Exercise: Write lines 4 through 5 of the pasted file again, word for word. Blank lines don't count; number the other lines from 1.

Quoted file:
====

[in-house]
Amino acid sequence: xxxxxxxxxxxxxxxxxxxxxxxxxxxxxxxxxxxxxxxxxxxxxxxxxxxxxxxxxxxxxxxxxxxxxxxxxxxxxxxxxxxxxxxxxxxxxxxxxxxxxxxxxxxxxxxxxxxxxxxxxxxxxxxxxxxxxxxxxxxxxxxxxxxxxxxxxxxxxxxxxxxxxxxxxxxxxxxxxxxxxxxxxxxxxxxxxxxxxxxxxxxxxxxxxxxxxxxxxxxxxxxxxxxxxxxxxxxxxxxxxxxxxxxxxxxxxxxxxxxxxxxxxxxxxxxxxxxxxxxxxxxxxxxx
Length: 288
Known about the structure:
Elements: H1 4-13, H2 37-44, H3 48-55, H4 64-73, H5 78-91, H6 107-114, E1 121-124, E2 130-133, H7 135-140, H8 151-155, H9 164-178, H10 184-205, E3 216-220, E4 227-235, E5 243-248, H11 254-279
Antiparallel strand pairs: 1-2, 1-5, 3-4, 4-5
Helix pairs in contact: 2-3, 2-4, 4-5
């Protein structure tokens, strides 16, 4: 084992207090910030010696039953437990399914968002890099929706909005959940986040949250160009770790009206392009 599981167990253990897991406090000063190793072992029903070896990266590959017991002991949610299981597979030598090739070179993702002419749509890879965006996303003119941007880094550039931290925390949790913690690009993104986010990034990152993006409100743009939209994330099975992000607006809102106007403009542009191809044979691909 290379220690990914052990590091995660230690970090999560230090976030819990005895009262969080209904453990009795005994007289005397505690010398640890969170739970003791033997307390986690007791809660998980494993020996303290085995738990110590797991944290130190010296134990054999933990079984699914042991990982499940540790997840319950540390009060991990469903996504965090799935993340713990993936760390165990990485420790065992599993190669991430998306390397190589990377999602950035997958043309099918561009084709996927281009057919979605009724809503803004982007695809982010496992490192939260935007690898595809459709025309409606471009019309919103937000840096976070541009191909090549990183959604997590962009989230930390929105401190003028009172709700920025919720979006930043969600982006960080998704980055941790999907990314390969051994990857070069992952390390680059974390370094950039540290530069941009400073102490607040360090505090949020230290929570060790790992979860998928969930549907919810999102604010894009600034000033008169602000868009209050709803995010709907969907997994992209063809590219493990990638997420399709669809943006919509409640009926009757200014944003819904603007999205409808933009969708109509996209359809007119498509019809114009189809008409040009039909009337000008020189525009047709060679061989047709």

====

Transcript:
Known about the structure:
Elements: H1 4-13, H2 37-44, H3 48-55, H4 64-73, H5 78-91, H6 107-114, E1 121-124, E2 130-133, H7 135-140, H8 151-155, H9 164-178, H10 184-205, E3 216-220, E4 227-235, E5 243-248, H11 254-279